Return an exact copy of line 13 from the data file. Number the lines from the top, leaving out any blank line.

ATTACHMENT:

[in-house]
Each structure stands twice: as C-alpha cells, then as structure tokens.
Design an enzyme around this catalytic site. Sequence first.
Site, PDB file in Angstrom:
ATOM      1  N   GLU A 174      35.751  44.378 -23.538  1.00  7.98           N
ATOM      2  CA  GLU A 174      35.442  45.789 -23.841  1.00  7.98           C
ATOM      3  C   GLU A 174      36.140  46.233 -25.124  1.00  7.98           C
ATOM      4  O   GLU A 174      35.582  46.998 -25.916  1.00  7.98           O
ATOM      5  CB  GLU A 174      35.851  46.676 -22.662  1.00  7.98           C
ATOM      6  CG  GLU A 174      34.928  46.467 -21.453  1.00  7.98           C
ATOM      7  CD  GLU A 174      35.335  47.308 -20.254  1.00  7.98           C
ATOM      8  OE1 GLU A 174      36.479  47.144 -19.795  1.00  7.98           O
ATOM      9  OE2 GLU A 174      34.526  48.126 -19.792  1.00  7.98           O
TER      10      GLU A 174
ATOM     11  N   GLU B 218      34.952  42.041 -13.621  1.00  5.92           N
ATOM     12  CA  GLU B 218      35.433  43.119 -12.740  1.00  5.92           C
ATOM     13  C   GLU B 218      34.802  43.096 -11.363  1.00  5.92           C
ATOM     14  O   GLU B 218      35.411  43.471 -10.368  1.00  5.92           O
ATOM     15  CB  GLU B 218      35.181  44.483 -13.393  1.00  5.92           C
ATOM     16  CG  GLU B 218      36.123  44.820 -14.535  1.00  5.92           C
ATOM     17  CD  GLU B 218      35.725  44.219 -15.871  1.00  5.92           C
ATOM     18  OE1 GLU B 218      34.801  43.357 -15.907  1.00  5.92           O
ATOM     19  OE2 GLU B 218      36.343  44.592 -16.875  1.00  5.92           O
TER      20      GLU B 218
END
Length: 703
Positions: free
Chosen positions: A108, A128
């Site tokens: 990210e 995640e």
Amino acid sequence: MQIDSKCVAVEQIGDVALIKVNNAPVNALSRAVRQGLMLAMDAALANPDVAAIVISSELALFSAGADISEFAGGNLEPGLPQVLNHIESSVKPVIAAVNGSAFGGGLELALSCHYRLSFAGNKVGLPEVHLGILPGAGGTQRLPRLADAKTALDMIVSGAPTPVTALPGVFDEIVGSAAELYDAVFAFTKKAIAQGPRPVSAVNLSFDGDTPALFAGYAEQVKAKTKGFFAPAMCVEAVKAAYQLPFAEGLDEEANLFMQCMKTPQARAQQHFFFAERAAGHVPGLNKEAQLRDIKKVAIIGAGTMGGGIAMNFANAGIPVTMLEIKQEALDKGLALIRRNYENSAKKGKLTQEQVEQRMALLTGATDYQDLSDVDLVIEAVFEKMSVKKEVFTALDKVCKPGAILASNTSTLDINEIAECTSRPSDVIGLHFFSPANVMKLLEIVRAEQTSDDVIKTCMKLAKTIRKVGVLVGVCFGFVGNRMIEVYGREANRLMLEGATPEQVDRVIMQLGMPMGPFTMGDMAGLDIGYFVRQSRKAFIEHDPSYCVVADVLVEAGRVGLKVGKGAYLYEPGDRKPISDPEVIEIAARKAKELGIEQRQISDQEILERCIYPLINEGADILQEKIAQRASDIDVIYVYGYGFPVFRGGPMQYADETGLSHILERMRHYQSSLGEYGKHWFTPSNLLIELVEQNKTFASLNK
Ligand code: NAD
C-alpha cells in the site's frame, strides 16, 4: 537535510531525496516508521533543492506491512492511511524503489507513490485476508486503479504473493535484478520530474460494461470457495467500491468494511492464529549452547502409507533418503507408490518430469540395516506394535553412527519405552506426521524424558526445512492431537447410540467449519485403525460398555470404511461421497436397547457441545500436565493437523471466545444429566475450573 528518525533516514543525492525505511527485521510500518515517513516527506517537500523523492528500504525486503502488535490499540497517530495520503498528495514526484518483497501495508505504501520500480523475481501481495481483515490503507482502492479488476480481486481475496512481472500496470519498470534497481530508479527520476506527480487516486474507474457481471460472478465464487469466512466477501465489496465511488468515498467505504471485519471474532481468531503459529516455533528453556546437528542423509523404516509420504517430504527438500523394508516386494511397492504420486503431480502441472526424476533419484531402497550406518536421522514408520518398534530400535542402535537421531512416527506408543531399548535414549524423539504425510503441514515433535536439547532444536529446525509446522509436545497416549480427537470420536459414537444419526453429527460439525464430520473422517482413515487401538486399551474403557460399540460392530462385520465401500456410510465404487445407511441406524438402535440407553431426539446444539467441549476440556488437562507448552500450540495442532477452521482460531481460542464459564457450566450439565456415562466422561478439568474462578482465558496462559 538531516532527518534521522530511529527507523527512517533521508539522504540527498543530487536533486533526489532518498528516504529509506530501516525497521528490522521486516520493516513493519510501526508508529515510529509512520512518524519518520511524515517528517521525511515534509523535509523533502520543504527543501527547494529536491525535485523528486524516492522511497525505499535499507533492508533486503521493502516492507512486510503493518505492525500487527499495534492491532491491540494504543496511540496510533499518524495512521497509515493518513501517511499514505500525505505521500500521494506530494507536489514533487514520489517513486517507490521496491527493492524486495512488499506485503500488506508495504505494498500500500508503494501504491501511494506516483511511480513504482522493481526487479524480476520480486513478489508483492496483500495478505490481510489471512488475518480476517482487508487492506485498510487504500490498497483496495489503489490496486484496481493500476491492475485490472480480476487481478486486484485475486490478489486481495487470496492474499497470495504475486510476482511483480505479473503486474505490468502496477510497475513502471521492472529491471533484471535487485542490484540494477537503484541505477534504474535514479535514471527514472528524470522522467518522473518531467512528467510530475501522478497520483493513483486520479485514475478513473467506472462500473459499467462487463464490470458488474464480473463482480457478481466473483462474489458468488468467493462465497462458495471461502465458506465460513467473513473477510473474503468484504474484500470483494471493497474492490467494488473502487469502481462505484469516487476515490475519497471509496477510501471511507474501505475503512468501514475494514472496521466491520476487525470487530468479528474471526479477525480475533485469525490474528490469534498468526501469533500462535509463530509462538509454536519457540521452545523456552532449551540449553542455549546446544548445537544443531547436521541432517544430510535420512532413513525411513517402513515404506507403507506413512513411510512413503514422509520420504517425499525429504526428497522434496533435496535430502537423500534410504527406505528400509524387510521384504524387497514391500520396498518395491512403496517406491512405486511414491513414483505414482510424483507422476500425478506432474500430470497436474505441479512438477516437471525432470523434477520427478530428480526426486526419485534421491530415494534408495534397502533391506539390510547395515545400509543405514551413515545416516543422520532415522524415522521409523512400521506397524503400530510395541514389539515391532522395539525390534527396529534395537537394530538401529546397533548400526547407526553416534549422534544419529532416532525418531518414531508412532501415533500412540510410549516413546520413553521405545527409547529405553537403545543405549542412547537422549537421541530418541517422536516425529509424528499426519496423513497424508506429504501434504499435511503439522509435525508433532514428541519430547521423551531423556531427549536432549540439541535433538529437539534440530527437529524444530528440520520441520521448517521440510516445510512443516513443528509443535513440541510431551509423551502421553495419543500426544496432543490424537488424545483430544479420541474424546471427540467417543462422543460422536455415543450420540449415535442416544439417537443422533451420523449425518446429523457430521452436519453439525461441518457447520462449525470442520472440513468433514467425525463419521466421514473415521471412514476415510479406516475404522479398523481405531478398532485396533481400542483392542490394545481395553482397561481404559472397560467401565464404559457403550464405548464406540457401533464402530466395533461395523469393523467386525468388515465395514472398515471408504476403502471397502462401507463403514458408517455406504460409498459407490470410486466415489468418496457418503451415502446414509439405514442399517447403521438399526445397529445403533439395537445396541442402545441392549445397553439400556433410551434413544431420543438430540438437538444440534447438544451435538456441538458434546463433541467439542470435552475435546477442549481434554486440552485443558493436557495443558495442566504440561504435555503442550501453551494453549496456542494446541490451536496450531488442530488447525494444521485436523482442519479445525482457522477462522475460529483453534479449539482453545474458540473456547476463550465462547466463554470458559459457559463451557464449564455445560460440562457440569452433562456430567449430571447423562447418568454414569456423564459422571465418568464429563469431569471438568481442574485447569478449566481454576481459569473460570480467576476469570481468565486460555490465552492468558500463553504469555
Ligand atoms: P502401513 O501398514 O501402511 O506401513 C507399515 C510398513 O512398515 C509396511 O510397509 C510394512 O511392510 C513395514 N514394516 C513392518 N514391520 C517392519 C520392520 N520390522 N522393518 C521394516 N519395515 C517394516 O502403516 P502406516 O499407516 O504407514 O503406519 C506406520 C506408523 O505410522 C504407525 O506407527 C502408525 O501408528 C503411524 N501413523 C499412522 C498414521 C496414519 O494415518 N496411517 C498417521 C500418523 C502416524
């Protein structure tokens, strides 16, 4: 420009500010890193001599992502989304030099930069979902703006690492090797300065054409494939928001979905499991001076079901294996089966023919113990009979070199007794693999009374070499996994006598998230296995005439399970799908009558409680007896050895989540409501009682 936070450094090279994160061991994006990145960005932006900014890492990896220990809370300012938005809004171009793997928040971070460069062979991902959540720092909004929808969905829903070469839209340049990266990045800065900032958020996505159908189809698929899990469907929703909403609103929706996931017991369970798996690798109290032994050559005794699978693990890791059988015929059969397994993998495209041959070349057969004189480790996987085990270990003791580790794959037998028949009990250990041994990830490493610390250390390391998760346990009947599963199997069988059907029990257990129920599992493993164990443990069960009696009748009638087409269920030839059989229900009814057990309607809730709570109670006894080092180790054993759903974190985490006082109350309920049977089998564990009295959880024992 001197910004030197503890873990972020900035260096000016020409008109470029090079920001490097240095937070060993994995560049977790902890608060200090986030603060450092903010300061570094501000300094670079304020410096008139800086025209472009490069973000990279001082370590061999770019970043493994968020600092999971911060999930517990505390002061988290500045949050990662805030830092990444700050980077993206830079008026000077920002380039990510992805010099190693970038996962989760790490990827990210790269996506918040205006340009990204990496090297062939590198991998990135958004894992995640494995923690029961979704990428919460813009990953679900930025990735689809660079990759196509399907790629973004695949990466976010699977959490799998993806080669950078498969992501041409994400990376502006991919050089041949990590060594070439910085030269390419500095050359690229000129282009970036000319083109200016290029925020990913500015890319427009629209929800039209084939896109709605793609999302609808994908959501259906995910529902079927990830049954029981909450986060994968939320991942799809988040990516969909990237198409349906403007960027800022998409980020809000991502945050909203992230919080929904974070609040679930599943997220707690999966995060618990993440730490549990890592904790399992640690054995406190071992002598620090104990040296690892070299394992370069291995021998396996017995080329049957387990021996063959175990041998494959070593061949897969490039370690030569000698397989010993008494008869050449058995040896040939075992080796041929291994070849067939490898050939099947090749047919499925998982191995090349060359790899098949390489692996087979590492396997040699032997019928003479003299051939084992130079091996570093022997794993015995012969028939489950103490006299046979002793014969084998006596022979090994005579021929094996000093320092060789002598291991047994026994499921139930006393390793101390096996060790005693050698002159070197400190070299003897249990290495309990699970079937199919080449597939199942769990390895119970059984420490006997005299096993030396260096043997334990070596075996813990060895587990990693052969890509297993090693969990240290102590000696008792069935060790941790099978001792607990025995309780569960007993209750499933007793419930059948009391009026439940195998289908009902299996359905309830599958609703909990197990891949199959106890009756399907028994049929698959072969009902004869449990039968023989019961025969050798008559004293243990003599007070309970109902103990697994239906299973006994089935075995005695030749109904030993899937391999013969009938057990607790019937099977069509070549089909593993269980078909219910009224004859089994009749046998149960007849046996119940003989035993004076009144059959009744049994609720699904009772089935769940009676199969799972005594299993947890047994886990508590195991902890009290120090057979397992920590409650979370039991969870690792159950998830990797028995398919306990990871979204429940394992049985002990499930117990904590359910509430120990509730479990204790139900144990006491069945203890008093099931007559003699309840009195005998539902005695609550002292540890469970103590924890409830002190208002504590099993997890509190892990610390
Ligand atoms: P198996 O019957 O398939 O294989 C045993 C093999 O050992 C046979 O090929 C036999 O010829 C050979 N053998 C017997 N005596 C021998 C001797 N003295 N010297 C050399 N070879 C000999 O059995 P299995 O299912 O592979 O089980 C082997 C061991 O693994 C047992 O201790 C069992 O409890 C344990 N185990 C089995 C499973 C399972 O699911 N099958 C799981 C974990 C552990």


ATOM      9  OE2 GLU A 174      34.526  48.126 -19.792  1.00  7.98           O